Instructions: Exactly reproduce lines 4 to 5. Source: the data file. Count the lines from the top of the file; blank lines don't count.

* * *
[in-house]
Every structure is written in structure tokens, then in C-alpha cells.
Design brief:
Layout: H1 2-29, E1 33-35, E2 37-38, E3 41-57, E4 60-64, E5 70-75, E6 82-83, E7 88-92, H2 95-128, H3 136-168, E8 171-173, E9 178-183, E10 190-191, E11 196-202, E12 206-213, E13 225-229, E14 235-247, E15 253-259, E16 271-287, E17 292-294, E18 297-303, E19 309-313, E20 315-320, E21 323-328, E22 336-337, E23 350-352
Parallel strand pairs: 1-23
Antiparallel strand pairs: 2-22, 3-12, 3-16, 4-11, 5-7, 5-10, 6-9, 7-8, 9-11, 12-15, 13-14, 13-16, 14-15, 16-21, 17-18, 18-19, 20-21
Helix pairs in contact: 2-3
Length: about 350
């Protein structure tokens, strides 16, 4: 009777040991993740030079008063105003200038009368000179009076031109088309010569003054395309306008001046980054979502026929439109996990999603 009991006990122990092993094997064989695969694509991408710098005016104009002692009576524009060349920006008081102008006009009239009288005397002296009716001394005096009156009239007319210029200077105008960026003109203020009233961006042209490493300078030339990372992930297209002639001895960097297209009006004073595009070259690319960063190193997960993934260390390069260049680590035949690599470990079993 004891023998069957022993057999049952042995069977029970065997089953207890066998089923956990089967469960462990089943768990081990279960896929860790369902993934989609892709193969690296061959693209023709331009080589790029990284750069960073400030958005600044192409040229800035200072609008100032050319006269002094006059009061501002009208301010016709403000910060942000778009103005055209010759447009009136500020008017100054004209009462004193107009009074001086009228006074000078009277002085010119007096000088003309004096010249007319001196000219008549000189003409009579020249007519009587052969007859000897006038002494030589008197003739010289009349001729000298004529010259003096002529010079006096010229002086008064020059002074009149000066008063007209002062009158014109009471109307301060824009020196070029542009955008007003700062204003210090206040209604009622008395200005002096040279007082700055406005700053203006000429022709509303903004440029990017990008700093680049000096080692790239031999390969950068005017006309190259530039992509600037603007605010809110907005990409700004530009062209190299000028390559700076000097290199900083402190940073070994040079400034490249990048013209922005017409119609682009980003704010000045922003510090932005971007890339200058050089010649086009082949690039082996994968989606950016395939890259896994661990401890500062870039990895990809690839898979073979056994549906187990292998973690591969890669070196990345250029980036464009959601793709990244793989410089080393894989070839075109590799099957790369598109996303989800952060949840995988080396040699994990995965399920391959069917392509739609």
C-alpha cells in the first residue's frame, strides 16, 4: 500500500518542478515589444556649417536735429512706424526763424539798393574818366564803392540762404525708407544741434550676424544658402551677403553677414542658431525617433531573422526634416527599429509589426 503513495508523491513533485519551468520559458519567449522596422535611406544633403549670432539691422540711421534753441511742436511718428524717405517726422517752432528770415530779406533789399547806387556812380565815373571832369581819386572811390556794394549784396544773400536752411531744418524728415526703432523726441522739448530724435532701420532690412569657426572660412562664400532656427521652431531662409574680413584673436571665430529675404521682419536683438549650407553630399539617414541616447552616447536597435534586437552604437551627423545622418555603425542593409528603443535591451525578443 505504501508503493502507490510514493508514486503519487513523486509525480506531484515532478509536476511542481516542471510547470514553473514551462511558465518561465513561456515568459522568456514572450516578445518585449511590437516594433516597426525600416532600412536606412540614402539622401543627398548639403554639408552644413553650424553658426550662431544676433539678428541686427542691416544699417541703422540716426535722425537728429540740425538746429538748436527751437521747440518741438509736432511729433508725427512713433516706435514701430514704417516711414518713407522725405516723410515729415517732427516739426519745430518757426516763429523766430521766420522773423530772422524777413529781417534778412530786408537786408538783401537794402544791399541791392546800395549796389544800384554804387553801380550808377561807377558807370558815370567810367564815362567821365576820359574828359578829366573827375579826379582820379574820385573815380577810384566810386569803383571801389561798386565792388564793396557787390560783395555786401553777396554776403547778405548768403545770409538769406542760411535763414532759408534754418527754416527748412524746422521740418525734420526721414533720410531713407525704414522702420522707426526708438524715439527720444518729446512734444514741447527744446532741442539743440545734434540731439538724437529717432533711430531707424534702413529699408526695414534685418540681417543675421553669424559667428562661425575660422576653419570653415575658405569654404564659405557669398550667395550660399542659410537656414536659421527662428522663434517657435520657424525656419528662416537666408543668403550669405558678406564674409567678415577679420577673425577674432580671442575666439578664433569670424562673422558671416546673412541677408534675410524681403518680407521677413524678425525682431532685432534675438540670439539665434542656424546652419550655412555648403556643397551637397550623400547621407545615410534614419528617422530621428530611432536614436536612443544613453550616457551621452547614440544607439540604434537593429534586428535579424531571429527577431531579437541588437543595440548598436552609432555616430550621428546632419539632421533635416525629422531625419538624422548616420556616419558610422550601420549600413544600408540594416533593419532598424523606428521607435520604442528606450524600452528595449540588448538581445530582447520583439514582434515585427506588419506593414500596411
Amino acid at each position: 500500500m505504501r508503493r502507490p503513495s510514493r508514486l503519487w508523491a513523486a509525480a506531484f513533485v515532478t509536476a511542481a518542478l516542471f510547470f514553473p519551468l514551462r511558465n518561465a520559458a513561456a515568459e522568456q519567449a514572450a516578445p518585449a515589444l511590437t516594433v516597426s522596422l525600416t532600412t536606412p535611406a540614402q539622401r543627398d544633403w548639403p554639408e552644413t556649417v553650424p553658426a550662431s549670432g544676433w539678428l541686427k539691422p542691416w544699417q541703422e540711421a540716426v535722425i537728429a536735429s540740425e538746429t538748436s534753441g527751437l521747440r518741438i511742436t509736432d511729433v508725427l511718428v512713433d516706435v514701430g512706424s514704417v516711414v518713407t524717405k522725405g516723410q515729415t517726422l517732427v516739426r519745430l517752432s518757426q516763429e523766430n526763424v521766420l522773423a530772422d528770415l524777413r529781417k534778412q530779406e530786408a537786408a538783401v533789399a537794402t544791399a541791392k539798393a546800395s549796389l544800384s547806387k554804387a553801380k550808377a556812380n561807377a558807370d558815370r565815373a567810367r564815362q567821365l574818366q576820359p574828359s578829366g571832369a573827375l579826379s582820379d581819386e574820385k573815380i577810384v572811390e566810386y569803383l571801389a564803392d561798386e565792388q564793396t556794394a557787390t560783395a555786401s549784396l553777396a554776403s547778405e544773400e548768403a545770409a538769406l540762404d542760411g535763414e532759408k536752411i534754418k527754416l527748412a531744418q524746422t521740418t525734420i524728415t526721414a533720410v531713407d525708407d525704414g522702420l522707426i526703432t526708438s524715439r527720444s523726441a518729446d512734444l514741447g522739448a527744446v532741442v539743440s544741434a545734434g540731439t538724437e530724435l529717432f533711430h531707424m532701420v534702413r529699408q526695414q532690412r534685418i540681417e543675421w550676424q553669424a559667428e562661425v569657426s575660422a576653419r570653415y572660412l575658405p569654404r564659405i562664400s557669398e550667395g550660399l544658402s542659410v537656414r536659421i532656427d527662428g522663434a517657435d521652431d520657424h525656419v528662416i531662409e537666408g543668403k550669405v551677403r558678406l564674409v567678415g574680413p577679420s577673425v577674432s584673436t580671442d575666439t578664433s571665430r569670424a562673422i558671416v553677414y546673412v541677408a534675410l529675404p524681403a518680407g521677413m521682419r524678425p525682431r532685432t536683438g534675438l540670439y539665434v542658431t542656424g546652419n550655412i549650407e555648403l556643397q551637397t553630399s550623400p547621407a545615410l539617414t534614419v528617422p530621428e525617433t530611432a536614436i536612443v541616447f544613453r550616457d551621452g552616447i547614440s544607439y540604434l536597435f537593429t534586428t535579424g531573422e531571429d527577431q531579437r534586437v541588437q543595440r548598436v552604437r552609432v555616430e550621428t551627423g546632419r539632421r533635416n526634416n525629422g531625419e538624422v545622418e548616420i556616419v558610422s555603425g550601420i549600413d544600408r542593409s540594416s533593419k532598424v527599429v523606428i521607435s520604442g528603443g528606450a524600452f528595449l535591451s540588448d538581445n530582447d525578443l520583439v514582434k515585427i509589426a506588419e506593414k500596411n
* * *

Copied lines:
Layout: H1 2-29, E1 33-35, E2 37-38, E3 41-57, E4 60-64, E5 70-75, E6 82-83, E7 88-92, H2 95-128, H3 136-168, E8 171-173, E9 178-183, E10 190-191, E11 196-202, E12 206-213, E13 225-229, E14 235-247, E15 253-259, E16 271-287, E17 292-294, E18 297-303, E19 309-313, E20 315-320, E21 323-328, E22 336-337, E23 350-352
Parallel strand pairs: 1-23